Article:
Interest rates have doubled since January and there are signs that house prices may not be rising as quickly. So what does this mean for the housing market? And should you consider remortgaging? Here’s a roundup of the latest housing market news.
What to do with interest rates
Interest rates have barely been out of the news since the start of the year when they started to rise in earnest. Base rates have actually increased by about 1% since January. This means that if you took out a 10-year fixed rate mortgage at the beginning of 2022, you would pay around 1% interest and now it would be 2%. If you have a 20-year contract, you would now pay 2.5%.
The impact of the increase is, of course, to reduce borrowing capacity or create higher monthly costs for buyers.
But, despite that, Henk Janssenthe founder of Expat Mortgages, says you always get a good deal.
“Today’s rates are equal to 2019 rates, when everyone said they had never been lower,” Henk points out. “If those rates were incredible in 2019, they still are today, even though they have been lower in the meantime.”
Should you remortgage?
Figures released earlier this week showed the number of mortgages taken out in the first three months of the year was up 37% from a year ago. But most of these mortgages were for people who were paying off their mortgage so they could invest in their property – like installing extra insulation – or who wanted to get a good interest rate for a longer period of time before ‘they won’t increase again.
In fact, in 2021, 70% of total lending was for mortgages and 30% for first-time buyers. In 2019, it was the opposite!
“The penalty for remortgaging has decreased due to higher interest rates,” Henk points out. “We have clients who are paying 3.5% or 4% or even more, so it’s always worth looking into the possibility of re-mortgaging, especially if you consider that rates will go up further.”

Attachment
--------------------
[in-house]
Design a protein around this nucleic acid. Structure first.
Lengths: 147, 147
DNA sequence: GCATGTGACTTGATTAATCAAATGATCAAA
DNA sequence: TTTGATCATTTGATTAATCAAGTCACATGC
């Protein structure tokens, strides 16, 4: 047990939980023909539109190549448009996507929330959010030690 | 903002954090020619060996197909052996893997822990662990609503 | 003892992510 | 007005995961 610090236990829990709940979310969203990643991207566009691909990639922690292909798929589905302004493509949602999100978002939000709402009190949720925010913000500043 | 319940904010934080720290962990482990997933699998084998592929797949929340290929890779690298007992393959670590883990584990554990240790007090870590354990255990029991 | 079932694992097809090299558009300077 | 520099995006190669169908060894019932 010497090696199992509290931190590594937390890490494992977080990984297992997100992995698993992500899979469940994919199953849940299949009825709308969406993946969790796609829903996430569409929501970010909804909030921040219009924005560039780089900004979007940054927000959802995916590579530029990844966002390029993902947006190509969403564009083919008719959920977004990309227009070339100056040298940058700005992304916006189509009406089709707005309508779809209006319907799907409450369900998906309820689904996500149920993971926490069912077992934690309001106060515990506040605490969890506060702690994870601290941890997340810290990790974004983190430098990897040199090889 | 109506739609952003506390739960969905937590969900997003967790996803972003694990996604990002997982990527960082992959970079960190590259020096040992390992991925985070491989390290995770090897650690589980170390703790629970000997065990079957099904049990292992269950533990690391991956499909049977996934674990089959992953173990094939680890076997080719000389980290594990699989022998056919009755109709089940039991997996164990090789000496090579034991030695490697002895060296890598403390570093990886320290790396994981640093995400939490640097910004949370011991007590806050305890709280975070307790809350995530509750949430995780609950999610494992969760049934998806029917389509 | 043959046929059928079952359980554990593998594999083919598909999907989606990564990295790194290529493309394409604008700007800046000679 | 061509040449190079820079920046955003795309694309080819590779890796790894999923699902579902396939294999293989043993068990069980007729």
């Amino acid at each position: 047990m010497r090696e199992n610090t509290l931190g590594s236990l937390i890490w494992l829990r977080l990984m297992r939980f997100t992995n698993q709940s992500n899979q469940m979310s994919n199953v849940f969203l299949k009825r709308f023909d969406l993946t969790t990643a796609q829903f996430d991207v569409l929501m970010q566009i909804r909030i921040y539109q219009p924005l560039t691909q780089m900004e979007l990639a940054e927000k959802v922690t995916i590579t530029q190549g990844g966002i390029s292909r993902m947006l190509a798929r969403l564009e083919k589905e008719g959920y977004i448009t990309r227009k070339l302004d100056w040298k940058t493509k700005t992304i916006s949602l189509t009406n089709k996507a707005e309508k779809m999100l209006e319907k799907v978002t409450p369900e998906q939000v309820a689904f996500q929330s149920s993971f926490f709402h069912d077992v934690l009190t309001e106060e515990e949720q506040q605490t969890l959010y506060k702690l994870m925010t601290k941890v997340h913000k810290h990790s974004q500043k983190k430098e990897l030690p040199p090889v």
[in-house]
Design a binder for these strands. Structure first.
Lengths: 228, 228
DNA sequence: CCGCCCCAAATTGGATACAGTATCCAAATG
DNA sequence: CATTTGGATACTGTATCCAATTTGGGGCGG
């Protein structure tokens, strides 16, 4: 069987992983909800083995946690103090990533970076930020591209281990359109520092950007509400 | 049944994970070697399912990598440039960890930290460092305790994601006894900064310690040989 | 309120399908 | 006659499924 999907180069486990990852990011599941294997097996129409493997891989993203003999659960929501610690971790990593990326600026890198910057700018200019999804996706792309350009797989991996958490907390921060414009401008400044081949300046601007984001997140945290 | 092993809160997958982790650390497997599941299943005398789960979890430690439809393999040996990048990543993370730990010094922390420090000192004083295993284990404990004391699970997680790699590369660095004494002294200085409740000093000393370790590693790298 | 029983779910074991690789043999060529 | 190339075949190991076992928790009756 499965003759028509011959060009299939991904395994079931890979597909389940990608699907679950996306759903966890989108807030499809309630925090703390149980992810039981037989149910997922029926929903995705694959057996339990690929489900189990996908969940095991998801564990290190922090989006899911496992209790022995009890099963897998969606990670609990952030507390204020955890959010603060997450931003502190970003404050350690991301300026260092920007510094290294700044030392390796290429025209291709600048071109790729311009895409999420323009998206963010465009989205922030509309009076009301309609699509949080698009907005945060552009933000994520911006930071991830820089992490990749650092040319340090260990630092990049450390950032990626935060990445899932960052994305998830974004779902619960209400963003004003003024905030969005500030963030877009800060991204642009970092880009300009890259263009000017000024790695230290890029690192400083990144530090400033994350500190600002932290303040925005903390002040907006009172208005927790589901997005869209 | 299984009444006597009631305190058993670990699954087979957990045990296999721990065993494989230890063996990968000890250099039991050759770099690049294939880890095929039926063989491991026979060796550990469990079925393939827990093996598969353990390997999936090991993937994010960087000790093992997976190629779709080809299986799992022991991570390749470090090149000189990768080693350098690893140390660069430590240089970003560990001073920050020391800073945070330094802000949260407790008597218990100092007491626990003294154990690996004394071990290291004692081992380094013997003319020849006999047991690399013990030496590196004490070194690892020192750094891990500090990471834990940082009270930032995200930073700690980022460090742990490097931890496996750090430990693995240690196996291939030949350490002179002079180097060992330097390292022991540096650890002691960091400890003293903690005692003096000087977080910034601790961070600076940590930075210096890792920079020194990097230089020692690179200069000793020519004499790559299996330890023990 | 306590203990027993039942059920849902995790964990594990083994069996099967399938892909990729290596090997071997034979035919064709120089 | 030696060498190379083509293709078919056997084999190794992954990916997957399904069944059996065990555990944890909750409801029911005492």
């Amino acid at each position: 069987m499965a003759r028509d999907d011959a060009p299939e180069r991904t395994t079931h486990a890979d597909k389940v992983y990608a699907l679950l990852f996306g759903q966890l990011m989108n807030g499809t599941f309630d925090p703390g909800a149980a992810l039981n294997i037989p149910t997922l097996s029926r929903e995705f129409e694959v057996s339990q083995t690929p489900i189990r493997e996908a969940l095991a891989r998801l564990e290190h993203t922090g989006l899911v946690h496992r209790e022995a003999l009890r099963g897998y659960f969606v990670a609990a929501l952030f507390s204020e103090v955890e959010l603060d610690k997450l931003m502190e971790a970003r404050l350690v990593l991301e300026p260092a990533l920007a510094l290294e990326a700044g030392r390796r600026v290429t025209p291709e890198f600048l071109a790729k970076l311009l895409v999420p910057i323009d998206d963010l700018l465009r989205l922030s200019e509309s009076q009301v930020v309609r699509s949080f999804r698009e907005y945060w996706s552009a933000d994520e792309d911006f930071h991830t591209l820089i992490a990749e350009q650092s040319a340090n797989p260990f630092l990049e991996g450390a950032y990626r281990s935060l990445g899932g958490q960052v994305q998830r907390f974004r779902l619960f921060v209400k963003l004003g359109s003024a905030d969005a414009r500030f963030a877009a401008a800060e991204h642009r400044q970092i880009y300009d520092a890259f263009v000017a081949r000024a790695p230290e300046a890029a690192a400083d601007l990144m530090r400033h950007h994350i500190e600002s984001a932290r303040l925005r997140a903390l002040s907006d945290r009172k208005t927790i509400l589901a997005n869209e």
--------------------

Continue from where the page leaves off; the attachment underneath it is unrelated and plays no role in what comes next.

If you want to know if remortgaging is worth it for you, contact a mortgage advisor.
That being said, what if you actually want to buy a property? After all, the choice may be lacking, but apartments and houses are still changing hands, and 14,000 people managed to sign a deal in February.
There are also signs that the steady rise in house prices may be slowing, with NVM reporting a 2.1% decline in prices in the first three months of the year on Thursday.
Henk says being an international worker may even give you a slight advantage right now.
“The Dutch are taking a bit of a step back from the market due to rising prices and a shortage of supply,” he says. “I have noticed, for example, that a property will have fewer appointments to view as people become more suspicious. So there are signs of a slowdown. But international workers are more used to taking risks, so they keep buying.
Of course, there are many other uncertainties hanging over the housing market, and no one yet knows what the impact of the war in Ukraine and soaring inflation will be. It is, says Henk, very difficult to predict the influence of these on house prices and interest rates.
Ultimately, be prepared, so if you see a property you like, you can move on quickly.
If you want to learn more about the housing market and your mortgage options, Expat Mortgages hosts a series of webinars. The next one will be April 13.. If you would like to meet the team in person, why not come and say hello at IamExpat trade fair in Amsterdam on Saturday April 9.
If you already own a property and would like to know more about your options, there is a special webinar for you on April 20.
The mission of a minister
There has also been a lot of media coverage recently about the new government’s plans to tackle the housing crisis, and Housing Minister Hugo de Jonge has unveiled an ambitious program to try to speed up the building process – and ensure that 100,000 new homes are built every year. completed.
“I welcome the measurements, but to be honest, it’s about seeing and then believing,” says Henk. “The bottom line is that we need to build more houses.”
Moreover, we still do not know what the impact of changes in work patterns will be. Prices in the suburbs and on the outskirts of major cities continue to rise as people seek larger spaces where they can have a home office, Henk points out.
“In our case, he smiles, the office becomes more of a place to socialize with your colleagues, then you go home to work.
Do you have more questions? Contact Henk and the rest of the Expat Mortgages team through the website.
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